The week before Thanksgiving 2012, Timothy was getting ready to meet up with a few friends from out of town when he suddenly experienced a massive heart attack. Thankfully, a friend was with him when he went into cardiac arrest. “I came into the bedroom sweating, and I told her to call 9-1-1,” says Darby. “I was incapacitated.”
At the time, Darby was just 38 years old with no family history of heart problems and no identifiable risk factors for a heart attack. “I was the first one in my family to have a heart attack,” says Darby. Darby flatlined at his house. “I was told a team of firefighters carried equipment up three flights of stairs to resuscitate me,” says Darby. The ambulance quickly followed and brought Darby to Touro Infirmary’s Emergency Department. Darby flatlined two more times, once in the ambulance and at the hospital.
Touro Interventional Cardiologist Thanh Nguyen, M.D., performed an emergent coronary angiogram shortly after Darby arrived. The angiogram discovered that Darby was experiencing a ventricular fibrillation arrest and cardiogenic shock. His condition did not look promising when he arrived, but Dr. Nguyen was committed to saving his life.
Darby had complete occlusion of his Left Anterior Descending (LAD) artery. “I had what you will call a widow maker,” says Darby. The LAD or widow maker is an essential coronary artery, which can result in death if blocked. Darby had one stent placed in his LAD artery, which is used to hold the artery open to improve blood flow to the heart. He also received an intra-aortic balloon pump (IABP), which helps the heart to pump blood.
Darby was transferred to the ICU and underwent an induced hypothermia protocol. The protocol was used to improve his neurological outcome following a cardiac arrest. Patients who sustained a cardiac arrest are at risk for neurologic injury due to lack of blood flow to the brain. To reduce this risk, Darby was wrapped in a cooling blanket to reduce his core body temperature to 32 or 34 degrees Celsius. “I was unconscious in the ICU for seventeen days, and I heard the horror stories from my family and friends waiting for me to wake up,” says Darby.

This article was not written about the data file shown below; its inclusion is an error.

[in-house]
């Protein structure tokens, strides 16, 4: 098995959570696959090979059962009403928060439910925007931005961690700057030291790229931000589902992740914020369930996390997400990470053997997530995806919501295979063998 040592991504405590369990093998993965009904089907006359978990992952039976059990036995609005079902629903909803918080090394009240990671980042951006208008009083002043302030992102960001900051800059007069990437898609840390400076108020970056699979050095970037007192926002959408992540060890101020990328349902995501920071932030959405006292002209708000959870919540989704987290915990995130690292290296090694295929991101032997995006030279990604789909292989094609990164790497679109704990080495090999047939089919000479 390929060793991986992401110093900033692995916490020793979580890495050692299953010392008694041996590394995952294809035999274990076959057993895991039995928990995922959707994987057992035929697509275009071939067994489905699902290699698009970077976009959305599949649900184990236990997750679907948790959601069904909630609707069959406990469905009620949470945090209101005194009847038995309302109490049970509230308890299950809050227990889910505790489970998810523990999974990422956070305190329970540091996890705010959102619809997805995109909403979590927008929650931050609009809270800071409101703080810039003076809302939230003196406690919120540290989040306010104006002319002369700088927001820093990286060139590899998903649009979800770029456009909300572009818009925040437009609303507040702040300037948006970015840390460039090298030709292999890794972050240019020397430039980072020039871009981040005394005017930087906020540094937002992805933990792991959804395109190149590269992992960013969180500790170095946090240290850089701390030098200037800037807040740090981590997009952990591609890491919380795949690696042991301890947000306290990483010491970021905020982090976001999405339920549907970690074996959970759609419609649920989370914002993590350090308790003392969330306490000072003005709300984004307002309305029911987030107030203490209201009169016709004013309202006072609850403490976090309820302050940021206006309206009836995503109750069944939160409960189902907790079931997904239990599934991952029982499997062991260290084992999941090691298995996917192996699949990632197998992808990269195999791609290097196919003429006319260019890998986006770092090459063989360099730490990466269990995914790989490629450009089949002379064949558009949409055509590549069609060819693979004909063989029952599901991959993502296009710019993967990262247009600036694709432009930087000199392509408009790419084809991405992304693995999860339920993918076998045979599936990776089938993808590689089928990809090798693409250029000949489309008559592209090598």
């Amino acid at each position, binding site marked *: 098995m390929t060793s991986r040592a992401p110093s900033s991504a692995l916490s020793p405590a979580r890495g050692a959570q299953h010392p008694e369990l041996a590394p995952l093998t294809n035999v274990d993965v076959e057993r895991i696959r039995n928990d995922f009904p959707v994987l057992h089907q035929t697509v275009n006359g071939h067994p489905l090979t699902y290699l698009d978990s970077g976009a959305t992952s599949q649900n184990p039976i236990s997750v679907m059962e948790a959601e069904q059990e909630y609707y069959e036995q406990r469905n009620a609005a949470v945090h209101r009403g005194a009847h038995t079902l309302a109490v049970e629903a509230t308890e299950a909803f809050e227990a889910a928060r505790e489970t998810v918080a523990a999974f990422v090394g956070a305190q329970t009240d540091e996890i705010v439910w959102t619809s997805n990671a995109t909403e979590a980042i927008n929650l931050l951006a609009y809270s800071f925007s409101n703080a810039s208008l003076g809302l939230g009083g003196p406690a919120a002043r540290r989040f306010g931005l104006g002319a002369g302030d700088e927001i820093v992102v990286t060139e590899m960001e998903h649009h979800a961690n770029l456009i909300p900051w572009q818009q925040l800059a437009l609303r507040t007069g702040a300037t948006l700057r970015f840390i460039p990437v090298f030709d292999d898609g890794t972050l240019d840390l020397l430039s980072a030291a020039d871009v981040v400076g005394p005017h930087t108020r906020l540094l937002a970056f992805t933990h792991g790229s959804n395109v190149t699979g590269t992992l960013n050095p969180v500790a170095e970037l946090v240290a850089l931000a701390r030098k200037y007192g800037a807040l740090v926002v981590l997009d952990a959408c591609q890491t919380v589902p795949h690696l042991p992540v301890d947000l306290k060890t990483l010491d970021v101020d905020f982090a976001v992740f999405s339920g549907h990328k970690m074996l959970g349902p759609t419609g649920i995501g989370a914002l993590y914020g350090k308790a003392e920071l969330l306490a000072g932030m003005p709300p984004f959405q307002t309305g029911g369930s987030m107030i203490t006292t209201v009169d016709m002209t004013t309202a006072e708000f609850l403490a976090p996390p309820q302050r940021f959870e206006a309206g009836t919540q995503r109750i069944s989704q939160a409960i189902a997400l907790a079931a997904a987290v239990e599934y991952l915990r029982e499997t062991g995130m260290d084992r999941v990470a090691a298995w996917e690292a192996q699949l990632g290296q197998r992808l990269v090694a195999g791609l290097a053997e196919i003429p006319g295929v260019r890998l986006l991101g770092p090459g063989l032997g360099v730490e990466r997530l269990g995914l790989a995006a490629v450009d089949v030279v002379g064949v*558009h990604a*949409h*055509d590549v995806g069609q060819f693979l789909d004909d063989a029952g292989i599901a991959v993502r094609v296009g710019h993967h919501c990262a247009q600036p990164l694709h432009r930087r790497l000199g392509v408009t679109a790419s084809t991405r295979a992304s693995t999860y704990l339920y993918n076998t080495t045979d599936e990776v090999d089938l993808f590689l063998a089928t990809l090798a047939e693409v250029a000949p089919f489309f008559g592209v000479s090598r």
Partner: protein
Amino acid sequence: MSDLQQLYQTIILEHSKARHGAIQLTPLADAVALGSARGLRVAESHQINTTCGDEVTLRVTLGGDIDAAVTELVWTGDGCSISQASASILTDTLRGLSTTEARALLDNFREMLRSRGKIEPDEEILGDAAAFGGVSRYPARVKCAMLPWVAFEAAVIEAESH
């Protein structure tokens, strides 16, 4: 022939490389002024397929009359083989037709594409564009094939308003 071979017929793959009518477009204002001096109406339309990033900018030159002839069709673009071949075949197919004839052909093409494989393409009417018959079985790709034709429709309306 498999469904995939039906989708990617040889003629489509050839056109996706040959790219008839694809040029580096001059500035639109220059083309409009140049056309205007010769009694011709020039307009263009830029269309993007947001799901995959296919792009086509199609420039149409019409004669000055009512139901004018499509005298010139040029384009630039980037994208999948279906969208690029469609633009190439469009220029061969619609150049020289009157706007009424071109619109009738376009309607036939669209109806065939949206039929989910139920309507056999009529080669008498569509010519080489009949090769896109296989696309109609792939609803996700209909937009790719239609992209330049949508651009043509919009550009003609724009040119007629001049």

Looking Back with A Grateful Heart
Fortunately, Darby regained consciousness with no neurological problems and was completely aware of his surroundings. He was transferred to recovery where he met Dr. Nguyen. “I was exhausted from the countless people visiting my room and wanted to rest,” says Darby. When Dr. Nguyen entered the room, Darby asked “Who are you?”, and Dr. Nguyen responded with “the person who performed your surgery.” Darby was ecstatic to meet the man who saved his life. “Dr. Nguyen thinks of me as his miracle, but I consider him to be my miracle,” says Darby.
Darby has been a patient of Dr. Nguyen for five years. “Dr. Nguyen is compassionate, and he is always asking about my mom. They developed a great rapport during those seventeen days when I was in the ICU. He was there to provide comfort to her while she waited. He is truly a genuine person,” says Darby. “I have also developed a great relationship with Dr. Nguyen and his team. You can tell they love and respect what they are doing.”
Since his heart attack, Darby has become more focused on his health and wellness. He consistently monitors his cholesterol and blood pressure. He has also incorporated regular cardiovascular activity into his life and eats a healthy diet. Darby adds, “I am lucky to have had the right people with me at the right place and right time. This experience has been rewarding, despite it being horrific.”
Keep Your Heart Beating Strong
A little knowledge regarding your important health numbers (cholesterol, blood pressure, glucose and weight/BMI) can go a long way in helping keep you healthy. Treatable risk factors for heart disease and other health problems are monitored by seeing a physician regularly to monitor these numbers and your total wellness.